The mechanism of choice for non-backtrackable counting is a compound term and using nb_setarg/3. See for an example the implementation of call_nth/2. The big advantage of using terms is that we do not pollute the global name space and therefore the code is thread-safe, can be nested and does not require any cleanup. Finally, nb_setarg/3 with atoms or small integers is fast as no lookup and no thread synchronization is required.

1 Like

This is the code. It still makes use of set_flag/2 and related predicates, because I still have to understand exactly how to change it to use cleaner predicates like nb_setarg/3. You’ll see that while breadth-first needs 11779 moves to reach the goal-state, best-first using the hamming estimate makes it in 110. The problem is, I read, that not all start tile configurations necessarily reach a given goal-state. In that case you get red messages of stack limits exceeded

eight_puzzle.pl (7,3 KB)

1 Like

start(board(1, 2, 3, 4, 8, 6, 7, 5, *)).
goal(board(1, 2, 3, 8, *, 4, 7, 6, 5)).

This is the goal position O’Keefe uses in the book

Didn’t know about this condition on the heuristic function…I must gather more information on this topic

Here is a proposal for a queue implementation that no one will ever need :smiley: It has been inspired by the discussed implementation in “The Art of Prolog” but is not identical.

:- module(queue,
    [ empty_queue/1,
      list_queue/2,
      queue_head/3,
      list_queue_head/3,
      queue_last/3,
      list_queue_last/3,
      queue_length/2 ]).

/** <module> A queue implementation

This provides a queue data structure that allows constant-time
insertion from either the front or the back of the queue, and
constant-time removal of elements from the front.

The implementation is based on the code presented on pages 50-51
of "The Craft of Prolog" by O'Keefe (1990).
*/

:- begin_tests(queue).

test(empty,
        [ true(L == []),
          true(N == 0) ]) :-
    empty_queue(Q),
    list_queue(L, Q),
    queue_length(Q, N).

test(empty_pop, [ fail ]) :-
    empty_queue(Q),
    queue_head(_, _, Q).

test(empty_and_pop, [ fail ]) :-
    list_queue([a,b], Q0),
    queue_head(_, Q1, Q0),
    queue_head(_, Q2, Q1),
    queue_head(_, _, Q2).

test(from_list,
        [ true(X == a),
          true(N == 2) ]) :-
    list_queue([a,b,c], Q0),
    queue_head(X, Q1, Q0),
    queue_length(Q1, N).

test(to_list, [ true(L = [a,b,c]) ]) :-
    empty_queue(Q0),
    foldl(queue_last, [a,b,c], Q0, Q1),
    list_queue(L, Q1).

test(stack, [ true(X == c) ]) :-
    empty_queue(Q0),
    foldl(queue_head, [a,b,c], Q0, Q1),
    queue_head(X, _, Q1).

test(queue, [ true(X == a) ]) :-
    empty_queue(Q0),
    foldl(queue_last, [a,b,c], Q0, Q1),
    queue_head(X, _, Q1).

test(pop_list_head, [ true(H == [x,y,a]) ]) :-
    list_queue([x,y], Q0),
    foldl(queue_last, [a,b,c], Q0, Q1),
    length(H, 3),
    list_queue_head(H, _, Q1).

test(push_list_head, [ true(X == x) ]) :-
    list_queue([a,b,c], Q0),
    list_queue_head([x,y,z], Q0, Q1),
    queue_head(X, _, Q1).

test(backtrack_list_head,
        [ all(H == [[], [a], [a,b]]) ]) :-
    list_queue([a,b], Q),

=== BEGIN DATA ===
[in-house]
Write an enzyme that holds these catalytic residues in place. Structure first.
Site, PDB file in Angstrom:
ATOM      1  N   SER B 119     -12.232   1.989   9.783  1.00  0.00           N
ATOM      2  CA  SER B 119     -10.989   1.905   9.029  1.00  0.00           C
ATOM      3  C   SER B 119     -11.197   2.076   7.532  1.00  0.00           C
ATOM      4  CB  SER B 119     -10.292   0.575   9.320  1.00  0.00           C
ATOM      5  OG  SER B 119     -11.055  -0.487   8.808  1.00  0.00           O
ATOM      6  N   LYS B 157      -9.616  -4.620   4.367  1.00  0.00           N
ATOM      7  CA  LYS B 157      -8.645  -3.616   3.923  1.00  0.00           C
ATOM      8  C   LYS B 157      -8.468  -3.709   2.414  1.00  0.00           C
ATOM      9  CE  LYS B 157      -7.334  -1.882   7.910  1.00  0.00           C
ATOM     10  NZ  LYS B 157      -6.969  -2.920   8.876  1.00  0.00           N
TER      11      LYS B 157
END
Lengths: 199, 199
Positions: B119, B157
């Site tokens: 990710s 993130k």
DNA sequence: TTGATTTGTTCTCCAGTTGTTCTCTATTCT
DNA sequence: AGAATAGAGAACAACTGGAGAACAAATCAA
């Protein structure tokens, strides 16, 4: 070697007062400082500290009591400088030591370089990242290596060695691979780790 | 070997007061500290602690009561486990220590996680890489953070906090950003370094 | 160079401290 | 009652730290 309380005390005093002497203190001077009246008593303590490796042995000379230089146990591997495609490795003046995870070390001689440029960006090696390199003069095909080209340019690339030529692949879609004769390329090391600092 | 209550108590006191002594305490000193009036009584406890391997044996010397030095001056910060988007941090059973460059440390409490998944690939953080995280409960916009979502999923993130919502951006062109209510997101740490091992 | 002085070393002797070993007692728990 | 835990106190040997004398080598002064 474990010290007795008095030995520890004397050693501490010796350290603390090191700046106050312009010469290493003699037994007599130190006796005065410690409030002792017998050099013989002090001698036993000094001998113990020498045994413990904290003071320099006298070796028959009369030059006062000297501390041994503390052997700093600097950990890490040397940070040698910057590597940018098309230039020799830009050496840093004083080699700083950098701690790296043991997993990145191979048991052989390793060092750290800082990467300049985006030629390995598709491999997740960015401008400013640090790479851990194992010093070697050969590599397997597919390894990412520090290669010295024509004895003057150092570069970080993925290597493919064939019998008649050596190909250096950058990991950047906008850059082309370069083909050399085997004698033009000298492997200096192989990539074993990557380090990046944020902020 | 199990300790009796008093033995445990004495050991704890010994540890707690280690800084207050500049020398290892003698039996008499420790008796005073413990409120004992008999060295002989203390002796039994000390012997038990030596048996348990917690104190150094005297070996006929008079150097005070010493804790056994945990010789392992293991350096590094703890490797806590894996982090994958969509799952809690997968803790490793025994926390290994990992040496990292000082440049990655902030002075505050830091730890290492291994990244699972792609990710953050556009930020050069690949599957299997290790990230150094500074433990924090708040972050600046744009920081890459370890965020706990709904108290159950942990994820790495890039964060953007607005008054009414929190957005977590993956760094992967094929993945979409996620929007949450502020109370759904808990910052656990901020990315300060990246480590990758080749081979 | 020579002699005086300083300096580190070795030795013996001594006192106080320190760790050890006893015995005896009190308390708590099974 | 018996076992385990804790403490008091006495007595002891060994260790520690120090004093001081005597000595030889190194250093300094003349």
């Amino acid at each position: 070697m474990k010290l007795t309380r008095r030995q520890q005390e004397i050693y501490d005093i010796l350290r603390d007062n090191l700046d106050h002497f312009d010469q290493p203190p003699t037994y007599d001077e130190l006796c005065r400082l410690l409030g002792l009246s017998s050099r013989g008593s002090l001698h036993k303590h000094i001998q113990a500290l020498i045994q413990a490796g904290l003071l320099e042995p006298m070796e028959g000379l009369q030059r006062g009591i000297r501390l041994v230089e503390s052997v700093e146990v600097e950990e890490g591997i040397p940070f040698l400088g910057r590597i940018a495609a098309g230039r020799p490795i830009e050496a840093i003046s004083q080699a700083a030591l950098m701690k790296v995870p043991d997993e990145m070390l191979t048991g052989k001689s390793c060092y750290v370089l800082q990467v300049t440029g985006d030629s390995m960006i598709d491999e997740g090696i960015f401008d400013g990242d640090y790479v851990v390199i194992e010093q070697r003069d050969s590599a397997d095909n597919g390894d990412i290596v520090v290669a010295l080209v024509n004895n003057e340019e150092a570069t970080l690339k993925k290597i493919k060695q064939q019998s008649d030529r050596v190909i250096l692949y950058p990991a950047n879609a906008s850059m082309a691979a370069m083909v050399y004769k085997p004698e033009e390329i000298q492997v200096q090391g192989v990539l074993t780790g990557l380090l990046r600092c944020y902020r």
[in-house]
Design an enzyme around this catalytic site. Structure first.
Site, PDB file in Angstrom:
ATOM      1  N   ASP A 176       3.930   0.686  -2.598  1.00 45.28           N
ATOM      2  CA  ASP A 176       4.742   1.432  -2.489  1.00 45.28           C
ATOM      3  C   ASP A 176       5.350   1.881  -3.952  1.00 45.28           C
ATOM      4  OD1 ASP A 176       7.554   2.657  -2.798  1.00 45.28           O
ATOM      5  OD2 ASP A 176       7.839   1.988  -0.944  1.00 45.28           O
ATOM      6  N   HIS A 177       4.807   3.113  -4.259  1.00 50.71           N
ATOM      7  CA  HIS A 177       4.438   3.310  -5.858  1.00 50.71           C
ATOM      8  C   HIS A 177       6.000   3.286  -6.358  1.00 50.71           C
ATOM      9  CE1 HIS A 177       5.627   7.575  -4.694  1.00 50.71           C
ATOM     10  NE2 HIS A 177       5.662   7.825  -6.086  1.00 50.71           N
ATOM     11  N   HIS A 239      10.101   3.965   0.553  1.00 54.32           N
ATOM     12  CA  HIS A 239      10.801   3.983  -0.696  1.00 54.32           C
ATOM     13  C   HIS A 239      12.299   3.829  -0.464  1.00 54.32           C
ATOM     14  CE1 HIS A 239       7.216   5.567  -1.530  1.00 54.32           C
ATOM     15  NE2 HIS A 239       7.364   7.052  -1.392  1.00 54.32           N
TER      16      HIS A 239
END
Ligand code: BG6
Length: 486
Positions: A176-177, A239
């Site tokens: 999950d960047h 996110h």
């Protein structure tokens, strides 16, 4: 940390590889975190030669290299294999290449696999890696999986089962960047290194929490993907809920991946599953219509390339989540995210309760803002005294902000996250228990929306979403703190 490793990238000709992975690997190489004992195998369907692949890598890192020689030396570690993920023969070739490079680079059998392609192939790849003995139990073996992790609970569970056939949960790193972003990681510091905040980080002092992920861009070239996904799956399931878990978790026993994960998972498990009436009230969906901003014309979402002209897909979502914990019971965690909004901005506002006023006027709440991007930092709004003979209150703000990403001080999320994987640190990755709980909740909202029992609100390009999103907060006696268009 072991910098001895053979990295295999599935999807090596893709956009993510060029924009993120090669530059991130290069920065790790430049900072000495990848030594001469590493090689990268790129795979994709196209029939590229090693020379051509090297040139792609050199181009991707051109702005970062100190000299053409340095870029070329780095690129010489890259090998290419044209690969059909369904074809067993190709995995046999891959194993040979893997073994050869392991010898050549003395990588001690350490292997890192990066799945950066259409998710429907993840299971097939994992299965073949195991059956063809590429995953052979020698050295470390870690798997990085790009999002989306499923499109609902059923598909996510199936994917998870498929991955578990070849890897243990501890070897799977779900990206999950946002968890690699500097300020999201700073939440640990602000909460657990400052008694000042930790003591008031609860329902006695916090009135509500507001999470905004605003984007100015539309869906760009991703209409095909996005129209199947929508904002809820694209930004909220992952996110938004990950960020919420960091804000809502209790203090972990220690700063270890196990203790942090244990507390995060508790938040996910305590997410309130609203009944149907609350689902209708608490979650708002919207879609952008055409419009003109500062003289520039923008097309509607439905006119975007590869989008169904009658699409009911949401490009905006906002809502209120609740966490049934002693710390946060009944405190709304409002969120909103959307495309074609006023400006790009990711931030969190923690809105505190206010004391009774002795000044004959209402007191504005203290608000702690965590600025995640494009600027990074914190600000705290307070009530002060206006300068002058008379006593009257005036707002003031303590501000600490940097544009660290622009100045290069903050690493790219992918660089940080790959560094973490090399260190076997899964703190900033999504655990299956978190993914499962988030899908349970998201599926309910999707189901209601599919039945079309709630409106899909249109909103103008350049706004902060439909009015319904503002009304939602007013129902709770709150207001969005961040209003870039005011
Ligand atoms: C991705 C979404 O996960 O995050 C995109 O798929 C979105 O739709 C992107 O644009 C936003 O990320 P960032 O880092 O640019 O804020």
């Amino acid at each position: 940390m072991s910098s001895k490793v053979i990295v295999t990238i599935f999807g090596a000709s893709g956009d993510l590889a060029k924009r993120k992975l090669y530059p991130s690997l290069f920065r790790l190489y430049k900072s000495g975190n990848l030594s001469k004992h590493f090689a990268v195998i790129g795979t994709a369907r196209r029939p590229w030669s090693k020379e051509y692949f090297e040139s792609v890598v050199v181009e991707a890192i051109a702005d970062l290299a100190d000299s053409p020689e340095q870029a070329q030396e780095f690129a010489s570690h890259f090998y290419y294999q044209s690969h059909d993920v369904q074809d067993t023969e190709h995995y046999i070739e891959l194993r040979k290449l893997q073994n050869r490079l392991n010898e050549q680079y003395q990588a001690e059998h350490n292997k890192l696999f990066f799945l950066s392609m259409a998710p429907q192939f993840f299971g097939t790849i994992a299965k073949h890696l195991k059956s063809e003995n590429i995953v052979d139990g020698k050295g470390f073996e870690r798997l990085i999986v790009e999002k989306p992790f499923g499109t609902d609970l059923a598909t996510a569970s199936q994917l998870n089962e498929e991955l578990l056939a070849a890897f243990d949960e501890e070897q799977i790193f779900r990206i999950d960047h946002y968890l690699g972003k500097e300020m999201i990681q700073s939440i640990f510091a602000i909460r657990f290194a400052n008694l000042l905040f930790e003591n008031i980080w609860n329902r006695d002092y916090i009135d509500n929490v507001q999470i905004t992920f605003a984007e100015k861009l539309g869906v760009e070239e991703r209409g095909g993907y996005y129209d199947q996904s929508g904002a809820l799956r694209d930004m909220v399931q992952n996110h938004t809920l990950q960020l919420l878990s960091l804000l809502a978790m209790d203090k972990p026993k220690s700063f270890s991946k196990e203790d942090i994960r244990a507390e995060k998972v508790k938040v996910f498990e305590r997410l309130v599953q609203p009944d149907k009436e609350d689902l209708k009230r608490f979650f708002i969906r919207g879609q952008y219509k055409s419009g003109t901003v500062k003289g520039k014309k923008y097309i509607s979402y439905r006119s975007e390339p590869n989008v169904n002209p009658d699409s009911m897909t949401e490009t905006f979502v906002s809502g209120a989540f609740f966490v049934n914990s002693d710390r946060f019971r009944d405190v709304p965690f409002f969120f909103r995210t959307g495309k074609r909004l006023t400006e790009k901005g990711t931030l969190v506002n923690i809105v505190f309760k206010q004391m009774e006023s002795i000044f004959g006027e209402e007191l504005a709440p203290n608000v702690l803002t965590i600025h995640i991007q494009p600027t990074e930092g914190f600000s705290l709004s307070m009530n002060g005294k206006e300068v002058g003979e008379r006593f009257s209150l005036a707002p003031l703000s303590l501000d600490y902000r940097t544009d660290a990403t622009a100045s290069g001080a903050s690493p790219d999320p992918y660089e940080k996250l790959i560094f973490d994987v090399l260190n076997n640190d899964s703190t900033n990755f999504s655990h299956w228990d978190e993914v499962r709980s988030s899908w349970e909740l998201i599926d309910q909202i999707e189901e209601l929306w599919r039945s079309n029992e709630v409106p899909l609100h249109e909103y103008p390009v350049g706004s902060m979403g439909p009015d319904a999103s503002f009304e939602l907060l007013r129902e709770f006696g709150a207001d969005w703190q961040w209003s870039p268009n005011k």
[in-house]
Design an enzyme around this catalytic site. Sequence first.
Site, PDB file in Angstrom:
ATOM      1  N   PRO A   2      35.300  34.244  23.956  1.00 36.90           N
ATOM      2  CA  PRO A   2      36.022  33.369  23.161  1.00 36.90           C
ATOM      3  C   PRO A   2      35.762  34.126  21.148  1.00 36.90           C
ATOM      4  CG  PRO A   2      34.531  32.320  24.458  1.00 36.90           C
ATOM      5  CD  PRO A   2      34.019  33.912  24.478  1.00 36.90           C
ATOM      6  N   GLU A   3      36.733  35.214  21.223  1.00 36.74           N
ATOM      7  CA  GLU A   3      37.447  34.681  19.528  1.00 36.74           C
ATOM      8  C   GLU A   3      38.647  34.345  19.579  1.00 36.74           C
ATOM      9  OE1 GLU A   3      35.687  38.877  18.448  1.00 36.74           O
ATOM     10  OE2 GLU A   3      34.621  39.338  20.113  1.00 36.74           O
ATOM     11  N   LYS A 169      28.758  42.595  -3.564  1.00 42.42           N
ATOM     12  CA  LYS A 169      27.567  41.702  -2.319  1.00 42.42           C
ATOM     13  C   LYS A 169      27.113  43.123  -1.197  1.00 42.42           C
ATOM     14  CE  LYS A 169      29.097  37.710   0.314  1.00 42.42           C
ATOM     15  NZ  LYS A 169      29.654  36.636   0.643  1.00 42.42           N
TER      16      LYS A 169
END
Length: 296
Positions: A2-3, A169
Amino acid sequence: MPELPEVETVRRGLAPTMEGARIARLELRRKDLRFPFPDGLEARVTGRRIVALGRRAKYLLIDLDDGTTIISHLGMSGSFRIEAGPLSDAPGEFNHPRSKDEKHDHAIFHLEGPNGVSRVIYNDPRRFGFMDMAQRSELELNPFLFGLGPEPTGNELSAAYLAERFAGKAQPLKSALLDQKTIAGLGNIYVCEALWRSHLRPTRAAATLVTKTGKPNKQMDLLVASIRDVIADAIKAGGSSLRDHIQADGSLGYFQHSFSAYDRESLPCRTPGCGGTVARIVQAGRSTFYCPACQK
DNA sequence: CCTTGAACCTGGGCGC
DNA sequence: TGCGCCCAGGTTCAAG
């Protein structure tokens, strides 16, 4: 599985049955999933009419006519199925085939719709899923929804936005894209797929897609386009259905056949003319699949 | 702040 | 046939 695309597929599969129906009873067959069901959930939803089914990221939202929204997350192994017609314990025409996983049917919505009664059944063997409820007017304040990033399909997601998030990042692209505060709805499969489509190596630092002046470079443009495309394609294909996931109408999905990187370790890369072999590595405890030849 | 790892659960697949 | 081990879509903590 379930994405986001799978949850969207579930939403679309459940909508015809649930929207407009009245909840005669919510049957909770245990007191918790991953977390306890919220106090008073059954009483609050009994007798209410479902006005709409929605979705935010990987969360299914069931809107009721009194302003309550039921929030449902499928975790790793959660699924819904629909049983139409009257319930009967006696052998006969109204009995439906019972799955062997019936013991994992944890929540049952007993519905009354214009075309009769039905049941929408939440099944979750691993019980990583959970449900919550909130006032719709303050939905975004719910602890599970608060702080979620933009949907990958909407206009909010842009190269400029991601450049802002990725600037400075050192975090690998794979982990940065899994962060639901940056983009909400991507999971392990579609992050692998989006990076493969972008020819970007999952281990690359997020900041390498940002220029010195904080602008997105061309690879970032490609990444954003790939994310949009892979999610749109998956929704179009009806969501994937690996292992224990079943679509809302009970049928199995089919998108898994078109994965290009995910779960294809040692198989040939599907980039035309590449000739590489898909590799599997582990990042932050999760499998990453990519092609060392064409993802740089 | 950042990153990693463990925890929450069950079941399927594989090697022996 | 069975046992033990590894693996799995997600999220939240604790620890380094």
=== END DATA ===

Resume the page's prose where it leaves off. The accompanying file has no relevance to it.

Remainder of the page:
list_queue_head(H, _, Q).

test(push_list_last,
        [ true(X == x),
          true(Y == y),
          true(Z == a) ]) :-
    list_queue([x,y], Q0),
    list_queue_last([a,b,c], Q0, Q1),
    queue_head(X, Q2, Q1),
    queue_head(Y, Q3, Q2),
    queue_head(Z, _, Q3).

:- end_tests(queue).

%! empty_queue(-Queue) is semidet.
%
%  Queue is an empty queue.
empty_queue(q(0, B, B)).

%! queue_length(+Queue, -Length) is semidet.
%
%  Length is the number of elements in Queue.
queue_length(q(S, F, B), N) :-
    ql(S, F, B, Len_expr),
    N is Len_expr.

ql(0, B, B, 0).
ql(s(S), [_|F], B, N+1) :-
    ql(S, F, B, N).

%! list_queue(?List, ?Queue) is nondet.
%
%  Two-way conversion between a list and a queue.
list_queue(L, q(S, F, B)) :-
    lq(L, S, F, B).

lq([], 0, B, B).
lq([X|Xs], s(S), [X|F], B) :-
    lq(Xs, S, F, B).

%! queue_head(?Head, ?Queue0, ?Queue1) is semidet.
%
%  Queue0 with Head at the front is Queue1.
%  Can be used to pop or push to the head of a queue.
queue_head(X, q(S, F, B), q(s(S), [X|F], B)).

%! list_queue_head(?List, Queue0?, Queue1) is semidet.
%
%  Queue0 with List at the front is Queue1.
%  Can be used to pop or push a list at the front of
%  the queue.
list_queue_head(L, q(S0, F0, B), q(S, F, B)) :-
    lqh(L, S0, F0, S, F).

lqh([], S, F, S, F).
lqh([X|Xs], S0, F0, s(S), [X|F]) :-
    lqh(Xs, S0, F0, S, F).

%! queue_last(+Last, -Queue0, +Queue1) is semidet.
%
%  Queue1 is Queue0 with Last inserted at its back.
queue_last(X, q(S, F, [X|B]), q(s(S), F, B)).

%! list_queue_last(+List, +Queue0, -Queue1) is semidet.
%
%  Queue1 is Queue0 with List at its back.
list_queue_last(L, q(S0, F, B0), q(S, F, B)) :-
    lql(L, S0, B0, S, B).

lql([], S, B, S, B).
lql([X|Xs], S0, [X|B0], s(S), B) :-
    lql(Xs, S0, B0, S, B).
1 Like

Personally I don’t think that this is useless. 1) For the sake of completeness and 2) in case someone needs a queue data structure and doesn’t have necessarily to refer back to O’Keefe’s book. A library would be worth adding with due credits to O’Keefe or to you

Thanks. I did a little research. There are quite a few implementations around. One is from the old “DEC10” library of which I still have a copy. It is attached below. Some other versions I found are

Quite likely, I missed some. Now, the general idea of SWI-Prolog is not to invent yet another one, but reuse or make something that is compatible, possibly with extensions or well motivated modifications. I wonder what that should be? All except for the Ciao one seem to be inspired by the DEC10 original by Richard O’Keefe . It seems some use the s(N) length notation, the original uses a plain difference list. I haven’t thought about it in depth. The s(N) does almost double the memory required by a queue while it is not clear to me yet what we get back.

queues.pl (5.5 KB)

1 Like

The heaps/priority queues library predicates count with integers. I think that the two libraries (whatever system is used) should use one way of counting